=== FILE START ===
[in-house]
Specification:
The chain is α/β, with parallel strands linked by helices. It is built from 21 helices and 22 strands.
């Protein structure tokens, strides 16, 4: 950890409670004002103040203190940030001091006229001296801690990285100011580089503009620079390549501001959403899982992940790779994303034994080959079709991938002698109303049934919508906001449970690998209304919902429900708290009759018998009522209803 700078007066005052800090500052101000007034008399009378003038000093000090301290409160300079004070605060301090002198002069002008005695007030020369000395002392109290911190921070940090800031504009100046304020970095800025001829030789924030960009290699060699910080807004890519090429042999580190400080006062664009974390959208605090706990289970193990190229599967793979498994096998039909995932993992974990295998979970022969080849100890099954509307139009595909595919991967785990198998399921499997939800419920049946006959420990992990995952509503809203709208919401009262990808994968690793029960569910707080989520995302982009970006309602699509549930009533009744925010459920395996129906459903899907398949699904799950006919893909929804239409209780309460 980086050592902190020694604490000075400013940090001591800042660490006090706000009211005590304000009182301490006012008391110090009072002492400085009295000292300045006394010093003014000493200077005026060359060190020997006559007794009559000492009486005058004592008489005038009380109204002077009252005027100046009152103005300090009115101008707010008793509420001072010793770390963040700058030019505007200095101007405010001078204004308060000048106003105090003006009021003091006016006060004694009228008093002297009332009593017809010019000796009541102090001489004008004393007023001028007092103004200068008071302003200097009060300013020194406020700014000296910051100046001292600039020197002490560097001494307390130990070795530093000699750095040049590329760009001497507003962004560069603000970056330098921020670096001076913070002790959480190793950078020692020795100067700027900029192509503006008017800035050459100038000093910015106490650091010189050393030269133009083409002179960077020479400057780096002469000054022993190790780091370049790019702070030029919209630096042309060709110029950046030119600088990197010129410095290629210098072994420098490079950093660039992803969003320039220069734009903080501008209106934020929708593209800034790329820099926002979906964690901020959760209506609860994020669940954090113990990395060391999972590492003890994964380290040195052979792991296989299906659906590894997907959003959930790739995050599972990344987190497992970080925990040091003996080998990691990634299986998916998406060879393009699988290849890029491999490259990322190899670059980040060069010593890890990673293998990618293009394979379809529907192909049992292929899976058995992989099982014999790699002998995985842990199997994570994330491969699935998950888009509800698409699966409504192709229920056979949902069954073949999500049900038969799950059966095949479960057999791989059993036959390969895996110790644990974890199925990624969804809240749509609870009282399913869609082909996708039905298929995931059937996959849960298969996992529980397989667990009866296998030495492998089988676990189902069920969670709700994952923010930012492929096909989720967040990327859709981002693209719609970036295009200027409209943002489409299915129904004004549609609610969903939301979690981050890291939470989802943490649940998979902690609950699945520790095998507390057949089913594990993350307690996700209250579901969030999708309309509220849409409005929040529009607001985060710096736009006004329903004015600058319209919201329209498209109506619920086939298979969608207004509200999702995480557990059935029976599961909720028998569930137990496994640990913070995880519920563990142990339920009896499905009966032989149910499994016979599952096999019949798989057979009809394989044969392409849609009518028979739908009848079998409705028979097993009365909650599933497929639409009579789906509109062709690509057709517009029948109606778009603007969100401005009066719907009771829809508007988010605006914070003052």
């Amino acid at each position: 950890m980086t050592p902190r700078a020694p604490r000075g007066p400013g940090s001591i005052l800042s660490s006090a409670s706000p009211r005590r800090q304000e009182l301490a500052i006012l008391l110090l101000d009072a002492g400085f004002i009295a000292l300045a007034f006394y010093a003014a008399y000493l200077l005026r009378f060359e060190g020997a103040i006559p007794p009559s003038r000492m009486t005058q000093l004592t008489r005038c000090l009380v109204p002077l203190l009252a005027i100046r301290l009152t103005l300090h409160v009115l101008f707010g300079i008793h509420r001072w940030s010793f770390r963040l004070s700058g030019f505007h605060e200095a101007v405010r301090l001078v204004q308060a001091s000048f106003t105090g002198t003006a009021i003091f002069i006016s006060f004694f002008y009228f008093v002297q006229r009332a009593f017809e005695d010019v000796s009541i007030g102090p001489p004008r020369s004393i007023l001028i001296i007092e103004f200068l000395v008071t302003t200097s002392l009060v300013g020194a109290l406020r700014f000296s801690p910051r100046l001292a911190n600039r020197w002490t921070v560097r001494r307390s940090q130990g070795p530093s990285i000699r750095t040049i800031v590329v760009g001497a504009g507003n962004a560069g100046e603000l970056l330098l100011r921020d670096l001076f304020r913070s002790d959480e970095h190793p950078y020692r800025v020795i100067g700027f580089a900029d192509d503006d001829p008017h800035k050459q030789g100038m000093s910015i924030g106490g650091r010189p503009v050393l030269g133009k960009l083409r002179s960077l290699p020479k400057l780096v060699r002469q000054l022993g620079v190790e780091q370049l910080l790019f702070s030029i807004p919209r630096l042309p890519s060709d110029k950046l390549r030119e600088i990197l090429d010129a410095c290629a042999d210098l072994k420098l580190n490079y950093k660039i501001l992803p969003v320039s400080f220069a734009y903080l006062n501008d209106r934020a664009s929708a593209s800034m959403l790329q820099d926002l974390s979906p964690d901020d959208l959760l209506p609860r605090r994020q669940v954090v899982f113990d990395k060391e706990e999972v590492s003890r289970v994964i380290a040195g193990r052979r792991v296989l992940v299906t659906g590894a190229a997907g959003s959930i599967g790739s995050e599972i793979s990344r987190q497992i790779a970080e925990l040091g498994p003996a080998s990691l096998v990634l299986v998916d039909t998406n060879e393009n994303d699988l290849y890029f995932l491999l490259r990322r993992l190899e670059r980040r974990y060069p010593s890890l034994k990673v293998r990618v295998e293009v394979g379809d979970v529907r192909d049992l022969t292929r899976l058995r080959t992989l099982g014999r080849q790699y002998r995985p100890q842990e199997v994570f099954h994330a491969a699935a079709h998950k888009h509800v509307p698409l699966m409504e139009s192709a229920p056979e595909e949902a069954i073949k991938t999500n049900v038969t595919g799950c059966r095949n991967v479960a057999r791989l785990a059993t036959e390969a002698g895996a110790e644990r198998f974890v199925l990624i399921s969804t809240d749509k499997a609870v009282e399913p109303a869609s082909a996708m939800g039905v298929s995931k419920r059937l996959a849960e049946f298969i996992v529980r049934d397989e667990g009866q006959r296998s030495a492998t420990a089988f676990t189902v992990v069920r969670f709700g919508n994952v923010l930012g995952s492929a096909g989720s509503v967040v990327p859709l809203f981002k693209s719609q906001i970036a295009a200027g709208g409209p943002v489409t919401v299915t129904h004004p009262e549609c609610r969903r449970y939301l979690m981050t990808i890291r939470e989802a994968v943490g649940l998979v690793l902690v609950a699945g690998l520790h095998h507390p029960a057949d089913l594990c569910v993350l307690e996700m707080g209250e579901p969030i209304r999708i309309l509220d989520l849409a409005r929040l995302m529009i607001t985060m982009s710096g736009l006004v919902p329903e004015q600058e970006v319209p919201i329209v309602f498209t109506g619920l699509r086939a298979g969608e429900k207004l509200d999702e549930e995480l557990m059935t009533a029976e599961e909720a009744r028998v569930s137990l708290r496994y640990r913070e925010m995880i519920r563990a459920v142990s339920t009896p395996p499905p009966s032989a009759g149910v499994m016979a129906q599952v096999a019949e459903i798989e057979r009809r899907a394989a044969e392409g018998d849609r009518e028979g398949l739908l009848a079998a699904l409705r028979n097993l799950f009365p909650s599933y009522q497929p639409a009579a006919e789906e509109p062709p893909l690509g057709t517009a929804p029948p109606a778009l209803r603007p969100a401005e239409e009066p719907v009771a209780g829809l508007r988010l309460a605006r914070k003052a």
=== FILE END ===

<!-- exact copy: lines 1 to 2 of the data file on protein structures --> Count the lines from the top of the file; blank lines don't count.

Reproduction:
[in-house]
Specification: